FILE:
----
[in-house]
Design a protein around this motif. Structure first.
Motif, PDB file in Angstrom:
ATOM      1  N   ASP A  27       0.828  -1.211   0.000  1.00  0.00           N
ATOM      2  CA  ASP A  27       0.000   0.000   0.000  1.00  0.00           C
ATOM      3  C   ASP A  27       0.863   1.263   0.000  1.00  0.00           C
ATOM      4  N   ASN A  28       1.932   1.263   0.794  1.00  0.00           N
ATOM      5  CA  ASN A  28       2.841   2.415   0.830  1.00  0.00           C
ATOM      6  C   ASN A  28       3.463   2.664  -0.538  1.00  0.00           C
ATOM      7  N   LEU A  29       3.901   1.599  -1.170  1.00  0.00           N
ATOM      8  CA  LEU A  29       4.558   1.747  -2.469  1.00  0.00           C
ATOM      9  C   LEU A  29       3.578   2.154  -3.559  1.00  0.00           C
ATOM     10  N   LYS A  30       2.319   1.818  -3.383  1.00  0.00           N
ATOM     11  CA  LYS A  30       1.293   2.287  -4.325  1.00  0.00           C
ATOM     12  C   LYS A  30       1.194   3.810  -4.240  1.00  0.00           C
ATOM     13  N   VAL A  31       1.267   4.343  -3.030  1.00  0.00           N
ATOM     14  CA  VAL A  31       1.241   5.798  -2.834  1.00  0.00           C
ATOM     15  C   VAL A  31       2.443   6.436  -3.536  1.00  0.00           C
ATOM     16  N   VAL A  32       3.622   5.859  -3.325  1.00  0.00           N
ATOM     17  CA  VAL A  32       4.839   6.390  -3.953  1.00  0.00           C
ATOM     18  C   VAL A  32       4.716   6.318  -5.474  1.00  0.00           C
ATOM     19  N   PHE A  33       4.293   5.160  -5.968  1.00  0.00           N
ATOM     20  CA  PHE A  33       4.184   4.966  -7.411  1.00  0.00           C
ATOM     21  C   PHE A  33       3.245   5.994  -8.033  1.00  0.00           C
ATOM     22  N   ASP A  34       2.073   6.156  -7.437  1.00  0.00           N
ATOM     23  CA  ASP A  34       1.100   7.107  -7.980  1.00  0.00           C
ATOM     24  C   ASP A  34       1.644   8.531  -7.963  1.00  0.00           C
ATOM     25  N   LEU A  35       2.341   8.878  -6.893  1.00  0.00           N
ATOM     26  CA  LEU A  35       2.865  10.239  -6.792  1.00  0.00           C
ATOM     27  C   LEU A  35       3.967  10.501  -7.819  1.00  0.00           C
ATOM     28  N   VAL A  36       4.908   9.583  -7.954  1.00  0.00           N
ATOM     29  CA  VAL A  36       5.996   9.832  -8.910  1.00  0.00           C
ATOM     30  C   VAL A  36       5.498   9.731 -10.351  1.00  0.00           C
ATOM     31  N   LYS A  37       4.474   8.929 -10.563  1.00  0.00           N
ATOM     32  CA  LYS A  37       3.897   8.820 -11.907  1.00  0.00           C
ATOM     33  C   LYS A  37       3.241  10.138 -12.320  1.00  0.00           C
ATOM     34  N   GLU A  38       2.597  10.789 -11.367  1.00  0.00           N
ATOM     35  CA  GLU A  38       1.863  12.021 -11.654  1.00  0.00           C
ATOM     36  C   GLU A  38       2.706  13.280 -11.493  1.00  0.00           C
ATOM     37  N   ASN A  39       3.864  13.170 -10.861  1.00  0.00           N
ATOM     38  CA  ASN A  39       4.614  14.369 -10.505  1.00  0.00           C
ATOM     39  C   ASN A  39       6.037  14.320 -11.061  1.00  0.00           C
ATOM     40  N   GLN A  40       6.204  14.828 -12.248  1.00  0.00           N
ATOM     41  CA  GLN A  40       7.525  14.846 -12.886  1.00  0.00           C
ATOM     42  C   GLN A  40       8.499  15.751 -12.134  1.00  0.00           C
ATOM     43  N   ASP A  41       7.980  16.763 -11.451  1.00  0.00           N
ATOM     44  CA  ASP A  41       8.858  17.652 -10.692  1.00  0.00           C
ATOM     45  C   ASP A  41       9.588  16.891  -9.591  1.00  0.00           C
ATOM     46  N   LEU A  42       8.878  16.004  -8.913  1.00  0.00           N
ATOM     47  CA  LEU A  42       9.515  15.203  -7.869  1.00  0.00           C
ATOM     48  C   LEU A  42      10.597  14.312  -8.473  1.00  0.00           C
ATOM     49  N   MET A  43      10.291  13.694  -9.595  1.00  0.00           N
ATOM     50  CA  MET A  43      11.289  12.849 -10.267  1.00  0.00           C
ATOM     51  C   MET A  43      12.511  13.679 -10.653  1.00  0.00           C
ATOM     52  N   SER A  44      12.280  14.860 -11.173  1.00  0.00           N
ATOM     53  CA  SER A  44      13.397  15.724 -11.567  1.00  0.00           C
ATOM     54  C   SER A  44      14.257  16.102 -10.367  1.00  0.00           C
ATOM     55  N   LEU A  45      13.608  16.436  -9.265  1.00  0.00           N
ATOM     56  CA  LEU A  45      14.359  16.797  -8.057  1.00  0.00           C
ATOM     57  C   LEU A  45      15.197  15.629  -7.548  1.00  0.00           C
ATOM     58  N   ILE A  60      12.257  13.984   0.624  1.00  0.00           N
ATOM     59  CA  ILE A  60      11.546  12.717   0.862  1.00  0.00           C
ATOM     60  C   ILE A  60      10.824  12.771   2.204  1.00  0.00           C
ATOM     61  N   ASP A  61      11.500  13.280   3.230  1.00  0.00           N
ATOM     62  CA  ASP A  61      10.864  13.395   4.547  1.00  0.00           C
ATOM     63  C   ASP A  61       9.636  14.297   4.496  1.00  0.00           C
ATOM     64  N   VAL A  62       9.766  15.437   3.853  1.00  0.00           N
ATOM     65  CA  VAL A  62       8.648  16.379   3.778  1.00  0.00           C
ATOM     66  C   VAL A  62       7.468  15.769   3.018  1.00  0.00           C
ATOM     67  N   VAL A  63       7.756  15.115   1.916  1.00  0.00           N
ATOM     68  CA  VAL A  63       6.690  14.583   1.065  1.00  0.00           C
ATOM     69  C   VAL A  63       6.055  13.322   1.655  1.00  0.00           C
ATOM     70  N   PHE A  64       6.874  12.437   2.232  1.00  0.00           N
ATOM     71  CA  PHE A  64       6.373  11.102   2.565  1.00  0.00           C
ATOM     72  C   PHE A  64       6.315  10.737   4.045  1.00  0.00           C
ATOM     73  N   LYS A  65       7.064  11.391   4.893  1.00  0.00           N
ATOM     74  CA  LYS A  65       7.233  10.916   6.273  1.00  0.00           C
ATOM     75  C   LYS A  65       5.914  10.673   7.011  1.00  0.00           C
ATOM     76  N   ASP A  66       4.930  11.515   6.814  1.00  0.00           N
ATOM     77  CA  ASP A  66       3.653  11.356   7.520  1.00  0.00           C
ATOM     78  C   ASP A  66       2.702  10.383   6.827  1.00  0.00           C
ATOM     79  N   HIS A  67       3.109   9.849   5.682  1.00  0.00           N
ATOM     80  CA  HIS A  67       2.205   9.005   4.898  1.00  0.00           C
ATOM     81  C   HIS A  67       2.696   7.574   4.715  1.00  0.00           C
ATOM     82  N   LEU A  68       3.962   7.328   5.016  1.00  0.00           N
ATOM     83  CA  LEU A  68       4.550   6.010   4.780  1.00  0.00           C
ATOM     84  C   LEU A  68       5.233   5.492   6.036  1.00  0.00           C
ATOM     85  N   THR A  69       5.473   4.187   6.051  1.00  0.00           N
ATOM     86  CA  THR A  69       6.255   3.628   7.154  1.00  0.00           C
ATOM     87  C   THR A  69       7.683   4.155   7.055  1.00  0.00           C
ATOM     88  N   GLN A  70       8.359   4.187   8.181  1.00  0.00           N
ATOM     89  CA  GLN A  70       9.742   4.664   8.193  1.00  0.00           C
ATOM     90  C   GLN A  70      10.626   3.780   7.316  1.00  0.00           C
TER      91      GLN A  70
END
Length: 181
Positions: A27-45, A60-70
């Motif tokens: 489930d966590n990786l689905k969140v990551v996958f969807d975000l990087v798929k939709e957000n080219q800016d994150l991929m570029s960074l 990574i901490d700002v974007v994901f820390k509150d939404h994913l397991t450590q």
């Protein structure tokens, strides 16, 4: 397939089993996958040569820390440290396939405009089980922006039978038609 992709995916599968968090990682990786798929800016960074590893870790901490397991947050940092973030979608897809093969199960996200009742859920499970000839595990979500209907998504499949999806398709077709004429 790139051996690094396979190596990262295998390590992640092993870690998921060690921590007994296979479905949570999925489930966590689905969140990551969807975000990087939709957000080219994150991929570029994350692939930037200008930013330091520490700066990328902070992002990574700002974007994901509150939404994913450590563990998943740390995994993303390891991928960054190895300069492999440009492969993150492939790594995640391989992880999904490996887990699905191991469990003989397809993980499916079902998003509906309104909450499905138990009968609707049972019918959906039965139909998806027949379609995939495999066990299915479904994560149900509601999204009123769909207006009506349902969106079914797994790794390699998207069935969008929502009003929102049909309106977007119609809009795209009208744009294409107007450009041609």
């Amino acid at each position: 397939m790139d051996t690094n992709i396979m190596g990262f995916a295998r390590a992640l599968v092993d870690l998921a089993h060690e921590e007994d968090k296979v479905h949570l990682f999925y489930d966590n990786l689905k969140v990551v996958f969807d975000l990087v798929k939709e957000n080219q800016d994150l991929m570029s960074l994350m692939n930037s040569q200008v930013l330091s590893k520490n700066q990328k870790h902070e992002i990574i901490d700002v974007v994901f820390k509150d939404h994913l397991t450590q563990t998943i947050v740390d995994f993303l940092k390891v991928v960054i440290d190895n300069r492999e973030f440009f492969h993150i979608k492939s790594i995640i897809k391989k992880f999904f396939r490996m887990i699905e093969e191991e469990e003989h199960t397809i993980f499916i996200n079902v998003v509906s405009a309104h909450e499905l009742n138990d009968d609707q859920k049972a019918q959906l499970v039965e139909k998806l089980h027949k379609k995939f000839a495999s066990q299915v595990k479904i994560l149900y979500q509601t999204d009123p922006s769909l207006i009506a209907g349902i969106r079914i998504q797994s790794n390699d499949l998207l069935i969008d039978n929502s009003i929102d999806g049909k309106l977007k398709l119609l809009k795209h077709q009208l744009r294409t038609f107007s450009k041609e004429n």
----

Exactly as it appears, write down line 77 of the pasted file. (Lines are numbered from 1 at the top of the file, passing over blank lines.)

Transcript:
ATOM     74  CA  LYS A  65       7.233  10.916   6.273  1.00  0.00           C